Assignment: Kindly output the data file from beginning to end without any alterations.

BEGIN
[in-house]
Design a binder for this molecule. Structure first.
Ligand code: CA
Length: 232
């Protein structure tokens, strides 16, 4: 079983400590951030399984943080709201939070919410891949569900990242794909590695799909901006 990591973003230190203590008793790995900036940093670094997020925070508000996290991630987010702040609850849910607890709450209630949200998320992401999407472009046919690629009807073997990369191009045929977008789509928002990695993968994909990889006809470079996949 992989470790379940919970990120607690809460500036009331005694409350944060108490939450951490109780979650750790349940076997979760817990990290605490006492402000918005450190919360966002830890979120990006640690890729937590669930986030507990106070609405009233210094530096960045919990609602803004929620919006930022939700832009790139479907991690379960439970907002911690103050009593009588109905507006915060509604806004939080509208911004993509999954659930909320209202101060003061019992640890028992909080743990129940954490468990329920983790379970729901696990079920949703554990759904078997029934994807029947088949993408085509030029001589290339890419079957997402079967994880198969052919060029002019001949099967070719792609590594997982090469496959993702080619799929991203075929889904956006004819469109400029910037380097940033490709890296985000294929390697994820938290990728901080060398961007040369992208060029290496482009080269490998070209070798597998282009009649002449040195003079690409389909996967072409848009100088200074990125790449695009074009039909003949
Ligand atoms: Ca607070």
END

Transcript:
[in-house]
Design a binder for this molecule. Structure first.
Ligand code: CA
Length: 232
């Protein structure tokens, strides 16, 4: 079983400590951030399984943080709201939070919410891949569900990242794909590695799909901006 990591973003230190203590008793790995900036940093670094997020925070508000996290991630987010702040609850849910607890709450209630949200998320992401999407472009046919690629009807073997990369191009045929977008789509928002990695993968994909990889006809470079996949 992989470790379940919970990120607690809460500036009331005694409350944060108490939450951490109780979650750790349940076997979760817990990290605490006492402000918005450190919360966002830890979120990006640690890729937590669930986030507990106070609405009233210094530096960045919990609602803004929620919006930022939700832009790139479907991690379960439970907002911690103050009593009588109905507006915060509604806004939080509208911004993509999954659930909320209202101060003061019992640890028992909080743990129940954490468990329920983790379970729901696990079920949703554990759904078997029934994807029947088949993408085509030029001589290339890419079957997402079967994880198969052919060029002019001949099967070719792609590594997982090469496959993702080619799929991203075929889904956006004819469109400029910037380097940033490709890296985000294929390697994820938290990728901080060398961007040369992208060029290496482009080269490998070209070798597998282009009649002449040195003079690409389909996967072409848009100088200074990125790449695009074009039909003949
Ligand atoms: Ca607070």